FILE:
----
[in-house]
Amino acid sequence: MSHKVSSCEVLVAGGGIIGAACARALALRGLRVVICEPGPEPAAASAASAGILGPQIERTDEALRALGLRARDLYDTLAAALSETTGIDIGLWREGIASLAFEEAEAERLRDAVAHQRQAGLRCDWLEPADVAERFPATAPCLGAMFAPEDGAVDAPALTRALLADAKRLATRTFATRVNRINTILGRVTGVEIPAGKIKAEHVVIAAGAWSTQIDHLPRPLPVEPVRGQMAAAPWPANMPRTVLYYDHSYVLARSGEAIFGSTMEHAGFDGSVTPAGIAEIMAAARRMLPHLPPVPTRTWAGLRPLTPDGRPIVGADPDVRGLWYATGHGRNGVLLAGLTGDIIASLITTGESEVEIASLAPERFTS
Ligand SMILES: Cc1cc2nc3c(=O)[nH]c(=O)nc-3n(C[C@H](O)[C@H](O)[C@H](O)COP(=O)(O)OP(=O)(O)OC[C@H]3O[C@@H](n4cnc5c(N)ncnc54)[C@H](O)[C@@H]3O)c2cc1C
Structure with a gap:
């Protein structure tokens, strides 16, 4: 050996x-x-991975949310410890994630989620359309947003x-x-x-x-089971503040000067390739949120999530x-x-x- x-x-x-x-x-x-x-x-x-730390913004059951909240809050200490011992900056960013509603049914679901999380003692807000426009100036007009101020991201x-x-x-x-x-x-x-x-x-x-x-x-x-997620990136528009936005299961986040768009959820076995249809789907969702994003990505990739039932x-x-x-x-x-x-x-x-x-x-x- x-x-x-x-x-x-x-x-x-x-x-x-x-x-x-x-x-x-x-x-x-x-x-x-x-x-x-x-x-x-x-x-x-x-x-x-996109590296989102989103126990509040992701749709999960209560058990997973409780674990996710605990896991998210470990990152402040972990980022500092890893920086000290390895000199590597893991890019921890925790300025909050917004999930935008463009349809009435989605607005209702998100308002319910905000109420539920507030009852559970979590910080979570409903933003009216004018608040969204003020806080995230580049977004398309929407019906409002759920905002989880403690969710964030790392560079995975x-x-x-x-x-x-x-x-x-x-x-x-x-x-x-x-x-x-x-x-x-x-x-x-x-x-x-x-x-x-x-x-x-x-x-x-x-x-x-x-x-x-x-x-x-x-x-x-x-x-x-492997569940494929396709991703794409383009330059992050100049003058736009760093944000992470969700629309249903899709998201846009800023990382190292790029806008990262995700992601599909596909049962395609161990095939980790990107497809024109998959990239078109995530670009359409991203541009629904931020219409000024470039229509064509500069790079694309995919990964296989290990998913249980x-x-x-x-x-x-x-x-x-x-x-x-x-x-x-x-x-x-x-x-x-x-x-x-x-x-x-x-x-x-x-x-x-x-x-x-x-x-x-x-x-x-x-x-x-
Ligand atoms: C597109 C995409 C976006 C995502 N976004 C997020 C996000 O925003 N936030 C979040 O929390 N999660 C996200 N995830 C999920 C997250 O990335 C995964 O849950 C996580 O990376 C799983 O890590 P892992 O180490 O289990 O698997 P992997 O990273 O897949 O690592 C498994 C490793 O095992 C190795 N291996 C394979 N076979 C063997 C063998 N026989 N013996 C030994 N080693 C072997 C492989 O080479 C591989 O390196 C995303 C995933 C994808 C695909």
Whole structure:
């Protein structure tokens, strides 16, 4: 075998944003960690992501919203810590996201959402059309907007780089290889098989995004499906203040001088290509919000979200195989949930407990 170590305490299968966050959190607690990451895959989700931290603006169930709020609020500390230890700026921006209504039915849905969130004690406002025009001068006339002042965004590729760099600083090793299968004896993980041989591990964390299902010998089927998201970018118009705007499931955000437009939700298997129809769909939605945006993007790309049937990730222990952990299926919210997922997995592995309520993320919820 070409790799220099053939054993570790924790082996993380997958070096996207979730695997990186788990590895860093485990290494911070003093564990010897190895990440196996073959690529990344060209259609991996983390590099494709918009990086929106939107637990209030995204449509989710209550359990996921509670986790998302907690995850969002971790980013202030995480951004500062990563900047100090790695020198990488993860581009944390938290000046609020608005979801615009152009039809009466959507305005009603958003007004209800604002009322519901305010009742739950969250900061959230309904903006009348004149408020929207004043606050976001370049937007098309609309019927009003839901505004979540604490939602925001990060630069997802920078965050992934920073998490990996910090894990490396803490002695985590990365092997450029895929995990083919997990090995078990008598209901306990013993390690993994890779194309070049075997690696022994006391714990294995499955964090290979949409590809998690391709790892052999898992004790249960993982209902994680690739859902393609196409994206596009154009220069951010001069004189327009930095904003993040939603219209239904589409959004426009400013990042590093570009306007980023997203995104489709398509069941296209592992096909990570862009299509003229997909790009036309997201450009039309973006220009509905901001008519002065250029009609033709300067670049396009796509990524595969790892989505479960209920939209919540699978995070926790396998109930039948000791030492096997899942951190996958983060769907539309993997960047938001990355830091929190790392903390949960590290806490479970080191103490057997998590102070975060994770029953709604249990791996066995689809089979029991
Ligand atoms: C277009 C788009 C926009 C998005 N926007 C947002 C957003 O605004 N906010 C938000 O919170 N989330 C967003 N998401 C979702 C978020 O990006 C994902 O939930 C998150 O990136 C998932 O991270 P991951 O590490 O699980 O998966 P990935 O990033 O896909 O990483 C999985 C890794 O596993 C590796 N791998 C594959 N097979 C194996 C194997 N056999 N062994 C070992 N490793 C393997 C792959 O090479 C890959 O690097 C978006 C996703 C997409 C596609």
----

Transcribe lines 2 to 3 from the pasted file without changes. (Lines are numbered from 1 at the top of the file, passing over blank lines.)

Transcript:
Amino acid sequence: MSHKVSSCEVLVAGGGIIGAACARALALRGLRVVICEPGPEPAAASAASAGILGPQIERTDEALRALGLRARDLYDTLAAALSETTGIDIGLWREGIASLAFEEAEAERLRDAVAHQRQAGLRCDWLEPADVAERFPATAPCLGAMFAPEDGAVDAPALTRALLADAKRLATRTFATRVNRINTILGRVTGVEIPAGKIKAEHVVIAAGAWSTQIDHLPRPLPVEPVRGQMAAAPWPANMPRTVLYYDHSYVLARSGEAIFGSTMEHAGFDGSVTPAGIAEIMAAARRMLPHLPPVPTRTWAGLRPLTPDGRPIVGADPDVRGLWYATGHGRNGVLLAGLTGDIIASLITTGESEVEIASLAPERFTS
Ligand SMILES: Cc1cc2nc3c(=O)[nH]c(=O)nc-3n(C[C@H](O)[C@H](O)[C@H](O)COP(=O)(O)OP(=O)(O)OC[C@H]3O[C@@H](n4cnc5c(N)ncnc54)[C@H](O)[C@@H]3O)c2cc1C